The Single Front of the Revolution

April 11, 2019

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D. The Single Front of the Revolution

 

Such “clots” and crystallizations normally lead to clashes between the forces of the Revolution. Considering them, one might think that the powers of evil are divided against themselves and that our unitary concept of the revolutionary process is false.

Such an idea is an illusion. By a profound instinct that reveals they are harmonic in their essential elements and contradictory only in their accidents, these forces have an astonishing capacity to unite against the Catholic Church whenever they face her.

Sterile in the good elements remaining in them, the revolutionary forces are only truly efficient in evil. Thus, each of them, from its own side, attacks the Church, which becomes like a city besieged by an immense army.

It behooves us not to fail to include among these forces of the Revolution those Catholics who profess the doctrine of the Church but are dominated by the revolutionary spirit. A thousand times more dangerous than her declared enemies, they combat the Holy City from within her walls. They well merit what Pius IX said of them:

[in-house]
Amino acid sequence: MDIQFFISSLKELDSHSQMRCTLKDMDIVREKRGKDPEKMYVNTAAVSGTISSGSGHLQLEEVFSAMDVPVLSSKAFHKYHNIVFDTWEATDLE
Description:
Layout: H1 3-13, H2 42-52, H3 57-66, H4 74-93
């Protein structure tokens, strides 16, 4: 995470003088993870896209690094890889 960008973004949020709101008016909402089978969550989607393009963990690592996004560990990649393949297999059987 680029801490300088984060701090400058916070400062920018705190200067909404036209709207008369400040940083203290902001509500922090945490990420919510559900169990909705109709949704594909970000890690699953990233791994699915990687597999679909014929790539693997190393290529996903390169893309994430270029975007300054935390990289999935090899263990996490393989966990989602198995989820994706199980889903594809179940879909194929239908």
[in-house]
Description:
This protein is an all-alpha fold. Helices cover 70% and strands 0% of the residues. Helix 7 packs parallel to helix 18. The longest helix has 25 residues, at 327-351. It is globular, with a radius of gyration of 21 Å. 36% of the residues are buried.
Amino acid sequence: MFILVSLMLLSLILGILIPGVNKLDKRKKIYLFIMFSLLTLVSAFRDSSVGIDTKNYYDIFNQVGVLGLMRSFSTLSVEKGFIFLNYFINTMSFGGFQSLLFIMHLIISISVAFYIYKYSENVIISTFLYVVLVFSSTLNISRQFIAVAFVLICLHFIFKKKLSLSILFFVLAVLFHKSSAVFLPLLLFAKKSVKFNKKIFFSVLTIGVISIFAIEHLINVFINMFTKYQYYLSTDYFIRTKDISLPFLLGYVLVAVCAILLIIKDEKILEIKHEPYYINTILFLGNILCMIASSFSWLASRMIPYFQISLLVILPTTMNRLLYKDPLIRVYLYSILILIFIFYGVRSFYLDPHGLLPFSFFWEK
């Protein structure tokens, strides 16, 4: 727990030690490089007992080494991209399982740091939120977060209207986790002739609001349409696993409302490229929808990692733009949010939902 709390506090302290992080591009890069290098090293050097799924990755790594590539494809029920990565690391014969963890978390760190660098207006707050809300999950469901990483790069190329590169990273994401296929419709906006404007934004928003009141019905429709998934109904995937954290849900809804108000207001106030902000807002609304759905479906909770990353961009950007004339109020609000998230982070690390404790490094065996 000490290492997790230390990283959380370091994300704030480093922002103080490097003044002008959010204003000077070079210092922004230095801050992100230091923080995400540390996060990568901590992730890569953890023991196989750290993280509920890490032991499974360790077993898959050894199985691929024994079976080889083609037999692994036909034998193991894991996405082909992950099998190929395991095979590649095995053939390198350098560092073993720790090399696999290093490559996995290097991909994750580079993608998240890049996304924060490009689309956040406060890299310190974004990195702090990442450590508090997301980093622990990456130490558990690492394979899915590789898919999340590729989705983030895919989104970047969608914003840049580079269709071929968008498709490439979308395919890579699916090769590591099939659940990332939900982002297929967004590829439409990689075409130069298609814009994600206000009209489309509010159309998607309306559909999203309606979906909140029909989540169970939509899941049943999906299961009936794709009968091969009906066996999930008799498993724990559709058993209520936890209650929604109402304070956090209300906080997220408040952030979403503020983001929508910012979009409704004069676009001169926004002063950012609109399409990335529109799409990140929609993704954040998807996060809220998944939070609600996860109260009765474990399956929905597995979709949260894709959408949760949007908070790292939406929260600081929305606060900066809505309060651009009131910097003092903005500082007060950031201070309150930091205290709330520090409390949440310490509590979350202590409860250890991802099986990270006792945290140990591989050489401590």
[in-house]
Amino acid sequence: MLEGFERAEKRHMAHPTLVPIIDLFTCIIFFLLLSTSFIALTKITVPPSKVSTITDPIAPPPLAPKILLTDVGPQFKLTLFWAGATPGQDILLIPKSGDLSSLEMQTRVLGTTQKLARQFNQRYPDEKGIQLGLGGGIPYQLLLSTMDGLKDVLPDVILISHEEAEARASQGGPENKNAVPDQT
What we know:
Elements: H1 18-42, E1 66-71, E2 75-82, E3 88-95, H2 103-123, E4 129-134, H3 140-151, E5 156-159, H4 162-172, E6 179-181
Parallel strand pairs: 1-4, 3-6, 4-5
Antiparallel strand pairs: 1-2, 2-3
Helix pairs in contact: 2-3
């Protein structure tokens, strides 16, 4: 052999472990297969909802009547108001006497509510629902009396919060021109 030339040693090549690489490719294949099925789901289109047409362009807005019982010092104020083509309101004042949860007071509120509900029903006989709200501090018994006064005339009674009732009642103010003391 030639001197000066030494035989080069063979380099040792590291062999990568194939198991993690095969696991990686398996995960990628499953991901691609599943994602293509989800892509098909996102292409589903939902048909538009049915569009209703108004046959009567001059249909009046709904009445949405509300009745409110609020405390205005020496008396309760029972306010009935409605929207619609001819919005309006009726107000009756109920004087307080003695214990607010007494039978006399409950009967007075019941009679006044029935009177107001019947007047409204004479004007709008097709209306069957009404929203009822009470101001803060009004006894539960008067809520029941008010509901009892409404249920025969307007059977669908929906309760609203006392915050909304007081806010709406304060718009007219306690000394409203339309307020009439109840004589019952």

Though the children of this world be wiser than the children of light, their snares and their violence would undoubtedly have less success if a great number of those who call themselves Catholics did not extend a friendly hand to them. Yes, unfortunately, there are those who seem to want to walk in agreement with our enemies and try to build an alliance between light and darkness, an accord between justice and iniquity, by means of those so-called liberal Catholic doctrines, which, based on the most pernicious principles, adulate the civil power when it invades things spiritual and urge souls to respect or at least tolerate the most iniquitous laws, as if it had not been written absolutely that no one can serve two masters. They are certainly much more dangerous and more baneful than our declared enemies, not only because they second their efforts, perhaps without realizing it, but also because, by maintaining themselves at the very edge of condemned opinions, they take on an appearance of integrity and irreprehensible doctrine, beguiling the imprudent friends of conciliations and deceiving honest persons, who would revolt against a declared error. In this way, they divide the minds, rend the unity, and weaken the forces that should be assembled against the enemy.17

Plinio Corrêa de Oliveira, Revolution and Counter-Revolution (York, Penn.: The American Society for the Defense of Tradition, Family, and Property, 1993), Part I, Ch. VI, Pgs. 36 & 37.

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